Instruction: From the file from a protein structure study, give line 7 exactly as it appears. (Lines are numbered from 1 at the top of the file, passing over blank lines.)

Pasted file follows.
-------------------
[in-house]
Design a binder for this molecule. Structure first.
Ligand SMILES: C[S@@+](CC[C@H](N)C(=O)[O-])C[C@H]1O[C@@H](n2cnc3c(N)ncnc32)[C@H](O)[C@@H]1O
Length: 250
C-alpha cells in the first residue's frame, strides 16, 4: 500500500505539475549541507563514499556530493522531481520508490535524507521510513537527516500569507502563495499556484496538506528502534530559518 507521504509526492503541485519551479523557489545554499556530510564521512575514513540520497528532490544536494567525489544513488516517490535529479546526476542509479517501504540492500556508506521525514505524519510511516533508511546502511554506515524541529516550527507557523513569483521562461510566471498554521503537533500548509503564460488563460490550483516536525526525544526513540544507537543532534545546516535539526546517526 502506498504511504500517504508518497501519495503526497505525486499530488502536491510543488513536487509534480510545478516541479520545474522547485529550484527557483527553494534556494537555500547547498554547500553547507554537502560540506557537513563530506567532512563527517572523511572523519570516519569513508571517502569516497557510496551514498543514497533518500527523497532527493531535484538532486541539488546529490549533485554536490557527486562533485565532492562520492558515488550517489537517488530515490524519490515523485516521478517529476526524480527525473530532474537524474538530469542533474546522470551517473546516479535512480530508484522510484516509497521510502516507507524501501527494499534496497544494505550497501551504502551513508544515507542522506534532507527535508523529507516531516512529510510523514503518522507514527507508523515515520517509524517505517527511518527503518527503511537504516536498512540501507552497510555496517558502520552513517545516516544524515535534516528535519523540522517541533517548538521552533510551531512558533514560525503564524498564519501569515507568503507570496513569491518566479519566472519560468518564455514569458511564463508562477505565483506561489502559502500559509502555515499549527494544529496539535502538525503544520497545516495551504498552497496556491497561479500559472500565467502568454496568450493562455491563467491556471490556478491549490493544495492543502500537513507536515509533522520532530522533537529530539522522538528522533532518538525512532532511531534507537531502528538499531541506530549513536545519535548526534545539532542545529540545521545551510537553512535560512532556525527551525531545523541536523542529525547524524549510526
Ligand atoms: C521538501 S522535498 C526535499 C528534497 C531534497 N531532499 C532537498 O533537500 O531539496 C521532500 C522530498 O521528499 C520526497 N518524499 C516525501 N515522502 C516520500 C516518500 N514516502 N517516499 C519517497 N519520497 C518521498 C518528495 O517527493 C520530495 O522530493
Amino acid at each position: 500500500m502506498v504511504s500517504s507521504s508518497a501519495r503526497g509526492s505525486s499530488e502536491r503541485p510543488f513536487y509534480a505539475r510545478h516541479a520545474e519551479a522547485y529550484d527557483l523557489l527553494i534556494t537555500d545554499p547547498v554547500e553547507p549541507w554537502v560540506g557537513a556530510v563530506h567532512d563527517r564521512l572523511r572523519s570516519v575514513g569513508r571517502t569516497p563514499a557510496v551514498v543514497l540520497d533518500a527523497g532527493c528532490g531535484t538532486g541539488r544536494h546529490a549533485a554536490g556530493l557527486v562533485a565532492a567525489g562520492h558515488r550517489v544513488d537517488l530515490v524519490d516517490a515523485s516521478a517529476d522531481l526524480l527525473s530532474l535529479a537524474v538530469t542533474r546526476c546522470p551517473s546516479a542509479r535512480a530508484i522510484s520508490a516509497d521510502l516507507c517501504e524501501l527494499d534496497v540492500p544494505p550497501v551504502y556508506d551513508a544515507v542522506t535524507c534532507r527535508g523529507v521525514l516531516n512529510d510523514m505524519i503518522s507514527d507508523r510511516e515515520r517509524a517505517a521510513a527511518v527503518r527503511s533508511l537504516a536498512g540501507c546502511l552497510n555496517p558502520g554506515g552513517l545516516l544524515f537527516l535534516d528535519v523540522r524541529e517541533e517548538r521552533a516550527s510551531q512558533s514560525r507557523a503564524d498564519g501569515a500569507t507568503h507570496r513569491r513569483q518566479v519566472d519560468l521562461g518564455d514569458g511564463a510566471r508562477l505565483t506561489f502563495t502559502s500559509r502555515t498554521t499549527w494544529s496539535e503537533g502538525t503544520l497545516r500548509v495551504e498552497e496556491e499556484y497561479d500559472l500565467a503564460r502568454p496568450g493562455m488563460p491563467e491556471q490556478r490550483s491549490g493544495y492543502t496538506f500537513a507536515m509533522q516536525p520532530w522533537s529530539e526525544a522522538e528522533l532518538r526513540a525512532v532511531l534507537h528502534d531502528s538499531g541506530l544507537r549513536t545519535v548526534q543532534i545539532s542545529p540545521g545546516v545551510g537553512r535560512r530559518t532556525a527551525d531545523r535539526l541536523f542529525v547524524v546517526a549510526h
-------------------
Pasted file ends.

Amino acid at each position: 500500500m502506498v504511504s500517504s507521504s508518497a501519495r503526497g509526492s505525486s499530488e502536491r503541485p510543488f513536487y509534480a505539475r510545478h516541479a520545474e519551479a522547485y529550484d527557483l523557489l527553494i534556494t537555500d545554499p547547498v554547500e553547507p549541507w554537502v560540506g557537513a556530510v563530506h567532512d563527517r564521512l572523511r572523519s570516519v575514513g569513508r571517502t569516497p563514499a557510496v551514498v543514497l540520497d533518500a527523497g532527493c528532490g531535484t538532486g541539488r544536494h546529490a549533485a554536490g556530493l557527486v562533485a565532492a567525489g562520492h558515488r550517489v544513488d537517488l530515490v524519490d516517490a515523485s516521478a517529476d522531481l526524480l527525473s530532474l535529479a537524474v538530469t542533474r546526476c546522470p551517473s546516479a542509479r535512480a530508484i522510484s520508490a516509497d521510502l516507507c517501504e524501501l527494499d534496497v540492500p544494505p550497501v551504502y556508506d551513508a544515507v542522506t535524507c534532507r527535508g523529507v521525514l516531516n512529510d510523514m505524519i503518522s507514527d507508523r510511516e515515520r517509524a517505517a521510513a527511518v527503518r527503511s533508511l537504516a536498512g540501507c546502511l552497510n555496517p558502520g554506515g552513517l545516516l544524515f537527516l535534516d528535519v523540522r524541529e517541533e517548538r521552533a516550527s510551531q512558533s514560525r507557523a503564524d498564519g501569515a500569507t507568503h507570496r513569491r513569483q518566479v519566472d519560468l521562461g518564455d514569458g511564463a510566471r508562477l505565483t506561489f502563495t502559502s500559509r502555515t498554521t499549527w494544529s496539535e503537533g502538525t503544520l497545516r500548509v495551504e498552497e496556491e499556484y497561479d500559472l500565467a503564460r502568454p496568450g493562455m488563460p491563467e491556471q490556478r490550483s491549490g493544495y492543502t496538506f500537513a507536515m509533522q516536525p520532530w522533537s529530539e526525544a522522538e528522533l532518538r526513540a525512532v532511531l534507537h528502534d531502528s538499531g541506530l544507537r549513536t545519535v548526534q543532534i545539532s542545529p540545521g545546516v545551510g537553512r535560512r530559518t532556525a527551525d531545523r535539526l541536523f542529525v547524524v546517526a549510526h